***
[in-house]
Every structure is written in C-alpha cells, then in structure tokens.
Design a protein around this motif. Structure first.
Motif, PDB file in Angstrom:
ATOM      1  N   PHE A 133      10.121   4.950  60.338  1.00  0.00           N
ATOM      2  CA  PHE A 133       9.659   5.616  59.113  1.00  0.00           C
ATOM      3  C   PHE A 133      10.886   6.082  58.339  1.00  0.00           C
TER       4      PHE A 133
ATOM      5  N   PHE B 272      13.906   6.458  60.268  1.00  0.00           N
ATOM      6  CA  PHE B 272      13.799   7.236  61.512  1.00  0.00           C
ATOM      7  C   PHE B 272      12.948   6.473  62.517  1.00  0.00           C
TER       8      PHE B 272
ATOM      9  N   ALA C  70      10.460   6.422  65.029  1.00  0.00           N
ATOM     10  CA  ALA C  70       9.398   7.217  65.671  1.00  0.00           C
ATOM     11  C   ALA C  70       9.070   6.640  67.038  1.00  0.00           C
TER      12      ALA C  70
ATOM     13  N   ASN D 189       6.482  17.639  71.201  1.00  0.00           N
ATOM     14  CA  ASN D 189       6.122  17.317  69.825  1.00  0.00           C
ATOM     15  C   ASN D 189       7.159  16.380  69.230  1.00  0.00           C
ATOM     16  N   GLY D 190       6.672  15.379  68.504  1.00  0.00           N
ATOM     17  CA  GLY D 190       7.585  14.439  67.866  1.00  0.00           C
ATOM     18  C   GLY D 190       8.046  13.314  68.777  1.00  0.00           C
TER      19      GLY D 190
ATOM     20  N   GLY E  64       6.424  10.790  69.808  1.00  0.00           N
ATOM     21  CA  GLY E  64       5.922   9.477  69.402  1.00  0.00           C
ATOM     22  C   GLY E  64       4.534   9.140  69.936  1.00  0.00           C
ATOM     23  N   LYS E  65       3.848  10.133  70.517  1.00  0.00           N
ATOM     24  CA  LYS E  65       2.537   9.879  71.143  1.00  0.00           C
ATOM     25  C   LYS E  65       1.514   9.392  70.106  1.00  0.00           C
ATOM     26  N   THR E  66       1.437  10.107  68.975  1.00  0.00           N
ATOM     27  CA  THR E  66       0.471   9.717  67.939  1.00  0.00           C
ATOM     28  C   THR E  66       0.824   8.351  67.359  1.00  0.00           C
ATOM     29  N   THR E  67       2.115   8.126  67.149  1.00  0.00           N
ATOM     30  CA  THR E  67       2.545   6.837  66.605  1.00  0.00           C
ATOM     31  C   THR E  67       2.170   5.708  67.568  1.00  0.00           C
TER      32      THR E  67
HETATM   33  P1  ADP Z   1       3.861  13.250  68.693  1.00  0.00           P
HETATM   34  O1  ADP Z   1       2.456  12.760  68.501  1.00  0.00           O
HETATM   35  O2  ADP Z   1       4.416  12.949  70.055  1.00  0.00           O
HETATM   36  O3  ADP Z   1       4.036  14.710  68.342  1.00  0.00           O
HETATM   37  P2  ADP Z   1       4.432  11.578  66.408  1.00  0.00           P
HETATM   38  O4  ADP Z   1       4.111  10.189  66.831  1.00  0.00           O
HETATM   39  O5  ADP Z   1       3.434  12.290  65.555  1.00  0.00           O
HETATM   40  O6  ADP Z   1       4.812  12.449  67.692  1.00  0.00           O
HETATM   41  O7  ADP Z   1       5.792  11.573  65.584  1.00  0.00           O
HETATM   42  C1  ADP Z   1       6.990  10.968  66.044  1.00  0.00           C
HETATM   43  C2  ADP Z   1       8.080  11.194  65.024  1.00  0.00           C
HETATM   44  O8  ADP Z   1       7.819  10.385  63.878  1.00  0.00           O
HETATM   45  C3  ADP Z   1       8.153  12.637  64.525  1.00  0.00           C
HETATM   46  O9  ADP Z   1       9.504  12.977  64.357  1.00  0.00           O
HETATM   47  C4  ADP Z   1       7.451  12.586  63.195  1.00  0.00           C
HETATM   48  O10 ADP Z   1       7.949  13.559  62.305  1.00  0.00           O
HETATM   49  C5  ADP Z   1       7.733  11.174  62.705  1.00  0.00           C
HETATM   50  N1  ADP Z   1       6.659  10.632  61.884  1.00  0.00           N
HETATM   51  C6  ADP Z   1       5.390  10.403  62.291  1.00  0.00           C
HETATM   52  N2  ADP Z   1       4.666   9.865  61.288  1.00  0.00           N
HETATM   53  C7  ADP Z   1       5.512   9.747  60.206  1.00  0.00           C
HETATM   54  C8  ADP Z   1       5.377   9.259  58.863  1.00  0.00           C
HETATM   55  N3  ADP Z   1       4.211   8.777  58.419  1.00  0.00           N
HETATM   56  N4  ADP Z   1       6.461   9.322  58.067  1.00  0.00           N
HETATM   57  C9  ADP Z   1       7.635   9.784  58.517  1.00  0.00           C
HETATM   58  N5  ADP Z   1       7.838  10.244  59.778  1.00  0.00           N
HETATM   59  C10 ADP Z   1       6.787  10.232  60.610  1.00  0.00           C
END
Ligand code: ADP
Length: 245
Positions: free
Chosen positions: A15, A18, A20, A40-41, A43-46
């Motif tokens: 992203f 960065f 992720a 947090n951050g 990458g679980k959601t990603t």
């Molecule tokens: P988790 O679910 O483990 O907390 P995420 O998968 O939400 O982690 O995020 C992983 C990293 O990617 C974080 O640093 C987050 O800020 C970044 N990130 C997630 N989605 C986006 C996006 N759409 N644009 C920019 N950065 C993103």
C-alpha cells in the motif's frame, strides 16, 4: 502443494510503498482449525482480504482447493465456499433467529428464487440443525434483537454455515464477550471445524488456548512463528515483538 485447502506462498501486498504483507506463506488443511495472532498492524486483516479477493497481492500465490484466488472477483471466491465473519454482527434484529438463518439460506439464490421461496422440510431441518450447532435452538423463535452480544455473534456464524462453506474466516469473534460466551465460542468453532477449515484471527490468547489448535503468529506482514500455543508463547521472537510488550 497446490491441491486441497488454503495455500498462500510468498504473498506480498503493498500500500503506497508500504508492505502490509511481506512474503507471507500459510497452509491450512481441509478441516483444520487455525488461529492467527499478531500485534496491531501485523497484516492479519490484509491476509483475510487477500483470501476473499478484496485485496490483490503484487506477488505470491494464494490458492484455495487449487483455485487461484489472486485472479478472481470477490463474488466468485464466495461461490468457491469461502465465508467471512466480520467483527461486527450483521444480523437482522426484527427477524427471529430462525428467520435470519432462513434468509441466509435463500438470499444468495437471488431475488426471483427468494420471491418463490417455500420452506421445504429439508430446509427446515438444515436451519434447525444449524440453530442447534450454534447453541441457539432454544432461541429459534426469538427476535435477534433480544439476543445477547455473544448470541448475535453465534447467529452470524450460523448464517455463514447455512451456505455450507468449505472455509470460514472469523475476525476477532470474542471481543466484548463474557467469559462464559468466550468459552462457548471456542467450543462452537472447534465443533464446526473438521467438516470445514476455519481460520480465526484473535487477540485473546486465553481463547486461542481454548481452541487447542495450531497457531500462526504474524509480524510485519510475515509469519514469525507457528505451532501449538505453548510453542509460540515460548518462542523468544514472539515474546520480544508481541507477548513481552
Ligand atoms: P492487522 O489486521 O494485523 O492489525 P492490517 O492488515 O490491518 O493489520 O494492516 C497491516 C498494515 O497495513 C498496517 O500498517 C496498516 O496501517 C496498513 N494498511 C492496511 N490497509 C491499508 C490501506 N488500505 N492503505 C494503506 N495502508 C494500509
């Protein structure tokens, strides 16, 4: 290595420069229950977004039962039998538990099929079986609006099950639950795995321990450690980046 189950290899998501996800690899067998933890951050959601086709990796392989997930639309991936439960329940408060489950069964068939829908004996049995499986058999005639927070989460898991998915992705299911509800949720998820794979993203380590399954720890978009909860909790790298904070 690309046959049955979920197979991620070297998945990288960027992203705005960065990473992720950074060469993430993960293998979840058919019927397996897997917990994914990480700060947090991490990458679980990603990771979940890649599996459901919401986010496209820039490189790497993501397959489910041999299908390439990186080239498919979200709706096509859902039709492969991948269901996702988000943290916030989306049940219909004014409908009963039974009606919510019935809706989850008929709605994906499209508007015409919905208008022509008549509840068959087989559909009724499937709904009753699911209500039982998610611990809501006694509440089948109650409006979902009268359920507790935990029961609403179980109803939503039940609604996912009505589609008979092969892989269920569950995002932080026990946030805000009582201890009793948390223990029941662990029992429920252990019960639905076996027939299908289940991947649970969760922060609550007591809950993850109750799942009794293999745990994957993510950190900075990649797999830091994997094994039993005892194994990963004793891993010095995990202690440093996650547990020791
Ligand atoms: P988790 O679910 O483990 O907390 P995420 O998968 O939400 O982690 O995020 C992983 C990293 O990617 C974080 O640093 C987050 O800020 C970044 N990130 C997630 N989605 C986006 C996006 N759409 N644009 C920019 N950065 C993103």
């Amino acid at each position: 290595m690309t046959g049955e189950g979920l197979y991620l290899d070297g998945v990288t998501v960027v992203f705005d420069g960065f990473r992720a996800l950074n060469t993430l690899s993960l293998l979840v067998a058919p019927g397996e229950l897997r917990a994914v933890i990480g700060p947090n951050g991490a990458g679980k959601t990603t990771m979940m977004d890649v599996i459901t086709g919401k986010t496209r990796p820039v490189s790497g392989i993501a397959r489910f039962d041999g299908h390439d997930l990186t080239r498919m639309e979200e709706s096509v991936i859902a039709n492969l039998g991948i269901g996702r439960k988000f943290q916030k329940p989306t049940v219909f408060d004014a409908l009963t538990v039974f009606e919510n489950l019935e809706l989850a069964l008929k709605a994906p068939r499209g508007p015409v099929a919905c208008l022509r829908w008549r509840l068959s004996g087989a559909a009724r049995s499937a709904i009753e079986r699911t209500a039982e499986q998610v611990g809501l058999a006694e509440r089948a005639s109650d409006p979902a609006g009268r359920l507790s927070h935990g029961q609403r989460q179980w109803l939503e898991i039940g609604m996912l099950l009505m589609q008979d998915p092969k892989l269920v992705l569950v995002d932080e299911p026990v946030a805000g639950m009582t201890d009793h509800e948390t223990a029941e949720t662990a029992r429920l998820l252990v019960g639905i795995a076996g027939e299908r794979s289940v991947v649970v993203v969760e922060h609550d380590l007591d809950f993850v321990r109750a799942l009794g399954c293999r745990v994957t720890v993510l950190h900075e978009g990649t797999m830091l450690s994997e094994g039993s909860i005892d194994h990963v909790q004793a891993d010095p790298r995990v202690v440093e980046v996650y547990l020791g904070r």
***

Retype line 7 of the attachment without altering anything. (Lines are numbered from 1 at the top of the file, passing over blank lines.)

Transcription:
ATOM      3  C   PHE A 133      10.886   6.082  58.339  1.00  0.00           C